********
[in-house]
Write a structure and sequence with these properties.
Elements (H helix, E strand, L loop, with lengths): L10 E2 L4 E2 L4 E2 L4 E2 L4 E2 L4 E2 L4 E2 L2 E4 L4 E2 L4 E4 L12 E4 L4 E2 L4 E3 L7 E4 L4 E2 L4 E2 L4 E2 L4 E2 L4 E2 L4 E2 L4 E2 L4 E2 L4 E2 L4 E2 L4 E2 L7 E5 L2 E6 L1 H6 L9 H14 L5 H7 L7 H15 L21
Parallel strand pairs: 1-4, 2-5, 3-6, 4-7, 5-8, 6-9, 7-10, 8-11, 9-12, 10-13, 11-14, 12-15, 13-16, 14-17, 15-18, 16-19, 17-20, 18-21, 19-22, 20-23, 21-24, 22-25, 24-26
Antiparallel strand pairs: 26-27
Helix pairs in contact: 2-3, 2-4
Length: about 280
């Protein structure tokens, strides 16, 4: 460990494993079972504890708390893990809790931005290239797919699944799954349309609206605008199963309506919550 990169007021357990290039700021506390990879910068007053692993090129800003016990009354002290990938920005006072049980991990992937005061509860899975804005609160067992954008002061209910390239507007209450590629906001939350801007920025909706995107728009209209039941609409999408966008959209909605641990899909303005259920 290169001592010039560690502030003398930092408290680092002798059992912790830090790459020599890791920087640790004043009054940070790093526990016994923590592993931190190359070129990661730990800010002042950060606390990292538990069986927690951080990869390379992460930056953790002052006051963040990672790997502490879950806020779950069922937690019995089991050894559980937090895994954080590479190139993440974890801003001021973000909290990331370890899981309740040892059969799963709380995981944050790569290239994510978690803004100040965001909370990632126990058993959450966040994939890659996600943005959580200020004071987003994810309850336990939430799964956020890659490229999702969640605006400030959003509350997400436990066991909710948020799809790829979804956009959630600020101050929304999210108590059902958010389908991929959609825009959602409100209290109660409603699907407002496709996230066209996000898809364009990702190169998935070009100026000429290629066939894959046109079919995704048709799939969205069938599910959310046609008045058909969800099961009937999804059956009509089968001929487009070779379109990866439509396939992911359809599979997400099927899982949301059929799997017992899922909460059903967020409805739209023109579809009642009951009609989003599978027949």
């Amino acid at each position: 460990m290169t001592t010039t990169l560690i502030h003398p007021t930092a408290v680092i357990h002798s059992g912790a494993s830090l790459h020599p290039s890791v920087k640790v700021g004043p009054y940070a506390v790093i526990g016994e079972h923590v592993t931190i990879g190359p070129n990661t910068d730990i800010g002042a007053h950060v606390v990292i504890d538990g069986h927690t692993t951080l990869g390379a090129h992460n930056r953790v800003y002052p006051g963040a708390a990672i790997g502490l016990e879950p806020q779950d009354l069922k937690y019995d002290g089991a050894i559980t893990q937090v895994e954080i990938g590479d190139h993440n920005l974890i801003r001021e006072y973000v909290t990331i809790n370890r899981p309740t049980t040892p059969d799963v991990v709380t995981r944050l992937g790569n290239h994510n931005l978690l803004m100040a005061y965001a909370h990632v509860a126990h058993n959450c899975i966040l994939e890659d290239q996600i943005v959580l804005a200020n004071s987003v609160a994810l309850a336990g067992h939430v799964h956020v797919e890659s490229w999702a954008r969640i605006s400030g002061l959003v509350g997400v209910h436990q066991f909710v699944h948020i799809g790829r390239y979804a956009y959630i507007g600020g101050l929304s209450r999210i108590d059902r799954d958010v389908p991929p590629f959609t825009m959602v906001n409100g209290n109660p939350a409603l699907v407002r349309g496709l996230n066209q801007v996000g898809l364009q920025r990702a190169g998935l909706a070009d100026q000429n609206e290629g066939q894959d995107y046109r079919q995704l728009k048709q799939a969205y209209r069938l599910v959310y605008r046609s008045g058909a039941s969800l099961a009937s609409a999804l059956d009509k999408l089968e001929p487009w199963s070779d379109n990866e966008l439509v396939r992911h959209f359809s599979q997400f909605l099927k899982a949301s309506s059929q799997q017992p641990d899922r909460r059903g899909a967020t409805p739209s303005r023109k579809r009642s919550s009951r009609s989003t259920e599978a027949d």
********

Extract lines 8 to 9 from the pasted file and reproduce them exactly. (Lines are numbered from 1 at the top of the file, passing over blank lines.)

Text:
């Protein structure tokens, strides 16, 4: 460990494993079972504890708390893990809790931005290239797919699944799954349309609206605008199963309506919550 990169007021357990290039700021506390990879910068007053692993090129800003016990009354002290990938920005006072049980991990992937005061509860899975804005609160067992954008002061209910390239507007209450590629906001939350801007920025909706995107728009209209039941609409999408966008959209909605641990899909303005259920 290169001592010039560690502030003398930092408290680092002798059992912790830090790459020599890791920087640790004043009054940070790093526990016994923590592993931190190359070129990661730990800010002042950060606390990292538990069986927690951080990869390379992460930056953790002052006051963040990672790997502490879950806020779950069922937690019995089991050894559980937090895994954080590479190139993440974890801003001021973000909290990331370890899981309740040892059969799963709380995981944050790569290239994510978690803004100040965001909370990632126990058993959450966040994939890659996600943005959580200020004071987003994810309850336990939430799964956020890659490229999702969640605006400030959003509350997400436990066991909710948020799809790829979804956009959630600020101050929304999210108590059902958010389908991929959609825009959602409100209290109660409603699907407002496709996230066209996000898809364009990702190169998935070009100026000429290629066939894959046109079919995704048709799939969205069938599910959310046609008045058909969800099961009937999804059956009509089968001929487009070779379109990866439509396939992911359809599979997400099927899982949301059929799997017992899922909460059903967020409805739209023109579809009642009951009609989003599978027949």
């Amino acid at each position: 460990m290169t001592t010039t990169l560690i502030h003398p007021t930092a408290v680092i357990h002798s059992g912790a494993s830090l790459h020599p290039s890791v920087k640790v700021g004043p009054y940070a506390v790093i526990g016994e079972h923590v592993t931190i990879g190359p070129n990661t910068d730990i800010g002042a007053h950060v606390v990292i504890d538990g069986h927690t692993t951080l990869g390379a090129h992460n930056r953790v800003y002052p006051g963040a708390a990672i790997g502490l016990e879950p806020q779950d009354l069922k937690y019995d002290g089991a050894i559980t893990q937090v895994e954080i990938g590479d190139h993440n920005l974890i801003r001021e006072y973000v909290t990331i809790n370890r899981p309740t049980t040892p059969d799963v991990v709380t995981r944050l992937g790569n290239h994510n931005l978690l803004m100040a005061y965001a909370h990632v509860a126990h058993n959450c899975i966040l994939e890659d290239q996600i943005v959580l804005a200020n004071s987003v609160a994810l309850a336990g067992h939430v799964h956020v797919e890659s490229w999702a954008r969640i605006s400030g002061l959003v509350g997400v209910h436990q066991f909710v699944h948020i799809g790829r390239y979804a956009y959630i507007g600020g101050l929304s209450r999210i108590d059902r799954d958010v389908p991929p590629f959609t825009m959602v906001n409100g209290n109660p939350a409603l699907v407002r349309g496709l996230n066209q801007v996000g898809l364009q920025r990702a190169g998935l909706a070009d100026q000429n609206e290629g066939q894959d995107y046109r079919q995704l728009k048709q799939a969205y209209r069938l599910v959310y605008r046609s008045g058909a039941s969800l099961a009937s609409a999804l059956d009509k999408l089968e001929p487009w199963s070779d379109n990866e966008l439509v396939r992911h959209f359809s599979q997400f909605l099927k899982a949301s309506s059929q799997q017992p641990d899922r909460r059903g899909a967020t409805p739209s303005r023109k579809r009642s919550s009951r009609s989003t259920e599978a027949d």